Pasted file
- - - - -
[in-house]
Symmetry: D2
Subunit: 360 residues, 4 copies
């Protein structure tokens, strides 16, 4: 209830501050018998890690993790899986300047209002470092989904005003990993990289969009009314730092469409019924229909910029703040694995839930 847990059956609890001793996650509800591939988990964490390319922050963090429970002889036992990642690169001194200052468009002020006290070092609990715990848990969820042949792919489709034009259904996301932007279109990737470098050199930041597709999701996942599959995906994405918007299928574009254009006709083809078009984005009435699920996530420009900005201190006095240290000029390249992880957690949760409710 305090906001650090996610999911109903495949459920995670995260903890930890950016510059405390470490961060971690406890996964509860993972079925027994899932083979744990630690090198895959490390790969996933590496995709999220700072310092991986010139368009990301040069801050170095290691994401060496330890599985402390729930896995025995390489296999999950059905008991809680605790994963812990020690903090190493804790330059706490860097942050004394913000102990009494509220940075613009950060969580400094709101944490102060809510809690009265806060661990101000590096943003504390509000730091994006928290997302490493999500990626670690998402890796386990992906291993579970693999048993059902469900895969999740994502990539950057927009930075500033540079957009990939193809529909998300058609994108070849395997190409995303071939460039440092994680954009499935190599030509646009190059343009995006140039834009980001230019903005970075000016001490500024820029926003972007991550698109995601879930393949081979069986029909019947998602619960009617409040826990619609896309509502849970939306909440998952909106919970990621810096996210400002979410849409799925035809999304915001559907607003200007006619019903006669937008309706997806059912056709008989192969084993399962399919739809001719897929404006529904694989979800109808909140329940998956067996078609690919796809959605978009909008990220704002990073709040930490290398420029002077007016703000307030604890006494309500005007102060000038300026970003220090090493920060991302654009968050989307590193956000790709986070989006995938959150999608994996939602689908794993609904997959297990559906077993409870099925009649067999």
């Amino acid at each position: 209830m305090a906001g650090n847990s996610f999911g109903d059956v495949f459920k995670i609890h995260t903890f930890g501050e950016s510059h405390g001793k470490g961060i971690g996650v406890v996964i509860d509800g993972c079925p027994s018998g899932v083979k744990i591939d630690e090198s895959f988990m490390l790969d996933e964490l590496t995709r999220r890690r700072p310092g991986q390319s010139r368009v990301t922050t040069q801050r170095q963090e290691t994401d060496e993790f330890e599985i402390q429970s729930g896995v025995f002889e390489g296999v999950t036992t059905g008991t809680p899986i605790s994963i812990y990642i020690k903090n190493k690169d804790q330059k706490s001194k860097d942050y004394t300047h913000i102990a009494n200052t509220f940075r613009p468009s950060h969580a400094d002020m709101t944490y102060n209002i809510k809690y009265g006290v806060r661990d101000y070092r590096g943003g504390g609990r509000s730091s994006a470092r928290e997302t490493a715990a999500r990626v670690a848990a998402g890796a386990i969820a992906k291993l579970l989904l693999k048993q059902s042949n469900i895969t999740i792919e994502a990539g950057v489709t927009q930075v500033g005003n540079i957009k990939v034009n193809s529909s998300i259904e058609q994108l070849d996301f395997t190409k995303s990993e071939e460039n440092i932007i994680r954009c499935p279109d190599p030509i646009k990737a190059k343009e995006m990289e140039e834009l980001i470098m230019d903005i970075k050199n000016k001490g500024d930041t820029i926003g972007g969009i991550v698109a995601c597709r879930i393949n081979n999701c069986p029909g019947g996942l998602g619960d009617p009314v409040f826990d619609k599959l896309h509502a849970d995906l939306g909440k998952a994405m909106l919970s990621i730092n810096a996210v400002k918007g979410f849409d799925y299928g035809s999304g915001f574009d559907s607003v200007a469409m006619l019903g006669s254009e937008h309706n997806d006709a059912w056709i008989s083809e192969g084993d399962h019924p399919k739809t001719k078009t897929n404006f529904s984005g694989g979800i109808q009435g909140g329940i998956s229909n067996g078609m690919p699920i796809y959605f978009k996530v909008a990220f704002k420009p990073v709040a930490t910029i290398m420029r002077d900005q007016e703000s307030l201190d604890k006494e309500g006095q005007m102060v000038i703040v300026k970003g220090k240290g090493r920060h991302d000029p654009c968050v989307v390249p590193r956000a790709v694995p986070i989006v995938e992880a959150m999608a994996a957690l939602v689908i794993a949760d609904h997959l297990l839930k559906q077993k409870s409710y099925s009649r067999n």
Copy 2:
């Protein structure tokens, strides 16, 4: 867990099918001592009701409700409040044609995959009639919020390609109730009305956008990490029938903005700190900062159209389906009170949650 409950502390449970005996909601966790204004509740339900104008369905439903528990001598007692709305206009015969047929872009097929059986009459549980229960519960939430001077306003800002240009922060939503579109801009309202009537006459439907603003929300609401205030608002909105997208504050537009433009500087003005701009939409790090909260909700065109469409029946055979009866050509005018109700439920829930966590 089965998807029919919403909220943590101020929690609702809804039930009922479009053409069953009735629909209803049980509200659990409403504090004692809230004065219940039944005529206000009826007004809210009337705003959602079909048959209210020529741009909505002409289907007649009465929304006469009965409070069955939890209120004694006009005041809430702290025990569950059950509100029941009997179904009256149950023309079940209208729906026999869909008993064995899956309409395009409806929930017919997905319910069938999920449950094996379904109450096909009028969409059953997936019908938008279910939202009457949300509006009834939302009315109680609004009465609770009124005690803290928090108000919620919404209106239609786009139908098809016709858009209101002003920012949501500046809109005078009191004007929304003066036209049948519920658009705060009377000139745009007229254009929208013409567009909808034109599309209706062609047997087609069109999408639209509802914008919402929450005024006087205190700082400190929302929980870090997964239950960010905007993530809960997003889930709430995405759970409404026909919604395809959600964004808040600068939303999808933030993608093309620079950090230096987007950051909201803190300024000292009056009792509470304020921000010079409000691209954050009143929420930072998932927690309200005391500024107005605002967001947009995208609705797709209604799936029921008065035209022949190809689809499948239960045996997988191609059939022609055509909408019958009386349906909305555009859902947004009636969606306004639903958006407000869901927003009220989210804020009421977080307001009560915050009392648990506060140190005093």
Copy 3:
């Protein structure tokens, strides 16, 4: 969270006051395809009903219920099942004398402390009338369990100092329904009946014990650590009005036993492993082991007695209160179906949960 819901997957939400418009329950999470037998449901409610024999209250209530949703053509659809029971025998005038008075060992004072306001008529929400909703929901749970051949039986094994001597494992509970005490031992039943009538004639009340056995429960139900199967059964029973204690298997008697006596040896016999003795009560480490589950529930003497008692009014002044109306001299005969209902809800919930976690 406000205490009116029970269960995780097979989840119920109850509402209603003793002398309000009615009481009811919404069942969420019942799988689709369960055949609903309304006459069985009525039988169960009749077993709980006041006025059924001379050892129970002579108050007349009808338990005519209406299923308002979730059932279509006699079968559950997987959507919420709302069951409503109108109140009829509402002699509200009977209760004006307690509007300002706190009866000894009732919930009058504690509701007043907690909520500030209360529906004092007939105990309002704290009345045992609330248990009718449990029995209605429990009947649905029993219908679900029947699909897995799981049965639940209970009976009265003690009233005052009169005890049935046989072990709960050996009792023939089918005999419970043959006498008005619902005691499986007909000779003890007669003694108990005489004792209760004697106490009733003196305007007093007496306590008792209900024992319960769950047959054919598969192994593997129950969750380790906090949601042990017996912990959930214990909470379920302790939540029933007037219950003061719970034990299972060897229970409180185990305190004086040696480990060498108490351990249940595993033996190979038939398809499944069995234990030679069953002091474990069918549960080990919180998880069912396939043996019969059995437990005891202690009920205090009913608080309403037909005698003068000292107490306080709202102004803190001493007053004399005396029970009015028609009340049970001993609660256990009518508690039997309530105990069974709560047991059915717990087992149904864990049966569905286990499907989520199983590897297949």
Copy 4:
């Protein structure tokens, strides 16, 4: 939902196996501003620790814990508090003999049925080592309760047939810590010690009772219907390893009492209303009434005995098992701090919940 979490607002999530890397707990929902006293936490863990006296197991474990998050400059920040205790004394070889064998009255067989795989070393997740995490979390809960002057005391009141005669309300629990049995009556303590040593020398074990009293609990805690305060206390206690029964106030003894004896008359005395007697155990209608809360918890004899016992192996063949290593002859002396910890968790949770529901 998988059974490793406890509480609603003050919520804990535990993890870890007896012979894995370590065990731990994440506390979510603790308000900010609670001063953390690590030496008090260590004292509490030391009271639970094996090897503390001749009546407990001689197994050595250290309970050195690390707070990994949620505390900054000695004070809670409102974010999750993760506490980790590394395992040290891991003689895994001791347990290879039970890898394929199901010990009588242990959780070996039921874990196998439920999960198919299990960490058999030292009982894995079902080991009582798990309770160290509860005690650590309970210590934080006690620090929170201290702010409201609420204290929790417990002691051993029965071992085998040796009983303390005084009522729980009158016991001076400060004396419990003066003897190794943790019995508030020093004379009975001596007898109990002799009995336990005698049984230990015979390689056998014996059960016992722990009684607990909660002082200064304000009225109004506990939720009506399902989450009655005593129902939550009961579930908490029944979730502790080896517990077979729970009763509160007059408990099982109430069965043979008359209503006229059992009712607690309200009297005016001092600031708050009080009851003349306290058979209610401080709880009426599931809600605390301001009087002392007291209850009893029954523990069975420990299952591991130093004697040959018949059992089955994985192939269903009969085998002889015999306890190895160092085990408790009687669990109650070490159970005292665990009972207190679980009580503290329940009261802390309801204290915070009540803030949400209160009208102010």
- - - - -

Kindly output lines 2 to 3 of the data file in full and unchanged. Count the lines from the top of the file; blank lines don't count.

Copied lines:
Symmetry: D2
Subunit: 360 residues, 4 copies